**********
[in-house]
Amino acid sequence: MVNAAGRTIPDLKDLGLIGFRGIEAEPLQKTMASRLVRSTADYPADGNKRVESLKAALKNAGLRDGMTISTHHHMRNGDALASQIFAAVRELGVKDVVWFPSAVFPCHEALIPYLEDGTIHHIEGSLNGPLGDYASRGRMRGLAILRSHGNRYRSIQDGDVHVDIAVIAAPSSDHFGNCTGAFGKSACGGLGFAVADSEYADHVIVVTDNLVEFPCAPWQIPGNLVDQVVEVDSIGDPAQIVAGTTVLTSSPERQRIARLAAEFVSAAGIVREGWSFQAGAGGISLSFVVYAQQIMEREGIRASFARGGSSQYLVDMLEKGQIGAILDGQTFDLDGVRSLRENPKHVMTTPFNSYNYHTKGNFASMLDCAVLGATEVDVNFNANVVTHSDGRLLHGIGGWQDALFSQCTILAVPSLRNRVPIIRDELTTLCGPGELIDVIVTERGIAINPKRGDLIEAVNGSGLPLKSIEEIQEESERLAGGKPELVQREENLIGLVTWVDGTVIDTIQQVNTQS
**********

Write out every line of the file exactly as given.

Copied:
[in-house]
Amino acid sequence: MVNAAGRTIPDLKDLGLIGFRGIEAEPLQKTMASRLVRSTADYPADGNKRVESLKAALKNAGLRDGMTISTHHHMRNGDALASQIFAAVRELGVKDVVWFPSAVFPCHEALIPYLEDGTIHHIEGSLNGPLGDYASRGRMRGLAILRSHGNRYRSIQDGDVHVDIAVIAAPSSDHFGNCTGAFGKSACGGLGFAVADSEYADHVIVVTDNLVEFPCAPWQIPGNLVDQVVEVDSIGDPAQIVAGTTVLTSSPERQRIARLAAEFVSAAGIVREGWSFQAGAGGISLSFVVYAQQIMEREGIRASFARGGSSQYLVDMLEKGQIGAILDGQTFDLDGVRSLRENPKHVMTTPFNSYNYHTKGNFASMLDCAVLGATEVDVNFNANVVTHSDGRLLHGIGGWQDALFSQCTILAVPSLRNRVPIIRDELTTLCGPGELIDVIVTERGIAINPKRGDLIEAVNGSGLPLKSIEEIQEESERLAGGKPELVQREENLIGLVTWVDGTVIDTIQQVNTQS